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The impact of TV programmes on the observance of Covid-19 protocols in Ghana

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The media, particularly Television (TV) stations play an important role in educating, informing and entertaining the general public.

Programmes aired on TV have influenced and continue to influence the behavior of viewers.

For instance, years ago, when Ghana Television (GTV) used to telecast “Things We Do For Love”, it could be recalled that most youth at the time began walking and speaking like “Pusher”, the main character in the TV series.

Today, as the world is faced with the Corona virus pandemic, the World Health Organization (WHO) together with various governments have outlined a number of protocols for the general public to observe as part of measures to curb the spread of the deadly virus.

They are; washing of hands with soap under running water or using alcohol- based sanitizer to rub hands frequently, observing social distance; as well as all other hygienic protocols.

In Ghana, appreciable campaigns have been undertaken to educate the public to observe all the covid-19 protocols in other to curtail the spread of the virus.

President Akufo Addo, in his various addresses to the nation on measures being taken to fight the spread of the virus in the country, continues to emphasize the need to religiously adhere to the outlined protocols.

Despite the national effort to encourage compliance, It is worrying to note that some TV programmes currently being aired (in the midst of the pandemic) are not helping in the education drive.

As some set good examples, others show no regard to the Covid-19 protocols.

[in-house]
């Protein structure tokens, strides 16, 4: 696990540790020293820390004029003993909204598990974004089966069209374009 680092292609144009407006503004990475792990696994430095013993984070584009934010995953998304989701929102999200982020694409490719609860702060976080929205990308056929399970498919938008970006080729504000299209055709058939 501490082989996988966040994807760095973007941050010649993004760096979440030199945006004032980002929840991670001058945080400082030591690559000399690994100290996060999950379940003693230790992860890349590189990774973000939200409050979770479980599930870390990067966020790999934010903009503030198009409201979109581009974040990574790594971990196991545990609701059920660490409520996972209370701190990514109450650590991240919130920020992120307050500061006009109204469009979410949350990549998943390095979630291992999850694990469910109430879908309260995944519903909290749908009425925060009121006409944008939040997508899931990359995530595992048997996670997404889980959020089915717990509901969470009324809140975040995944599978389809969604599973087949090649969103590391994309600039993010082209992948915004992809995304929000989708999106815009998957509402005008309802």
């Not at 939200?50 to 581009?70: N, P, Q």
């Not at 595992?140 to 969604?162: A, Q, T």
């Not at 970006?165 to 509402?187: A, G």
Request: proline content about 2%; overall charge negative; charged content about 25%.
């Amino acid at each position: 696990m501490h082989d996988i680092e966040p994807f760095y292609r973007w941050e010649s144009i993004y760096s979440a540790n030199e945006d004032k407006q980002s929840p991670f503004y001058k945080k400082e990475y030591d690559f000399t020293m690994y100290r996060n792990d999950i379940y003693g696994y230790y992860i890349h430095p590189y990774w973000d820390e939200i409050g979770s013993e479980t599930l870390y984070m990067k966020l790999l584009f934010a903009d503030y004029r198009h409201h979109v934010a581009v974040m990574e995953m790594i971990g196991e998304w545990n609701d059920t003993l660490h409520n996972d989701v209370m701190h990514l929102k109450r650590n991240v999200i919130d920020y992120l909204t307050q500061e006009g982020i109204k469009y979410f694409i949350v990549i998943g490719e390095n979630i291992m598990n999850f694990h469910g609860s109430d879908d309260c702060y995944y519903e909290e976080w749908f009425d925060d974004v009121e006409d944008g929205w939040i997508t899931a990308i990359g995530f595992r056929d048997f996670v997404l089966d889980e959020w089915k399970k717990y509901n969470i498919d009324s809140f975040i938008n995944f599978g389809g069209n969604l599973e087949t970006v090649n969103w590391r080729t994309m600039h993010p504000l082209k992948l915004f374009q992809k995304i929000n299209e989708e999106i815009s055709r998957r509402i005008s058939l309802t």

For instance, “Date Rush”; telecasted every Sunday at 8:00pm on TV3.

The love reality show provides a platform for people looking for love.

It showcases 10 beautiful ladies and a guy to choice from them.

This programme does not encourage the social distancing protocol as guys who are fortunate to get a “date” hug and hold their ladies closely.

I have also observed that the participants exchange microphones without sanitizing either their hands or the microphones.

Not only that but also, none of the love seekers; as well as the showhost, Giovanni, wears face mask during the show.

Another programme which clearly disregards the Covid-19 protocols is “Family Feud”, showned every Saturday at 8:00pm on TV3.

With 2 families battling for five thousand dollars, participants are seen holding and hugging one another when excited; without wearing face masks.

Again, the showhost, Steve Harvey, sometimes goes so close to the competitors without wearing face mask himself.

For lack of space, let me end with popular TV show “What Don’t You Know” which is aired every Saturday at 5:00pm on Joy Prime

On this programme, Ghanaian celebrities take part in a quiz competition.

Many of these personalities and the host of the show are mostly not in face masks.

In my discussions with a friend about this issue, I pointed out that I am not in the position to determine what TV programmes should be allowed to air and which ones they should not.

But if part of the mandate of media houses is to serve as a platform to educate the general public, what relevant education do TV programmes such as the ones cited above offer to their viewers concerning adherence to the Covid-19 protocols?

Giving producers of the programmes in question the benefit of the doubt, I will urge that even if the recording of those TV shows predated the outbreak of Covid-19, they should have an inscription on the TV screens to notify viewers that those are not live shows but recorded earlier.


The writer of this article, Olivia Azoteyinne, is a Teacher at St. Joseph’s Junior High School, Bolgatanga.

Source: A1radionline.com|101.1MHz|Ghana

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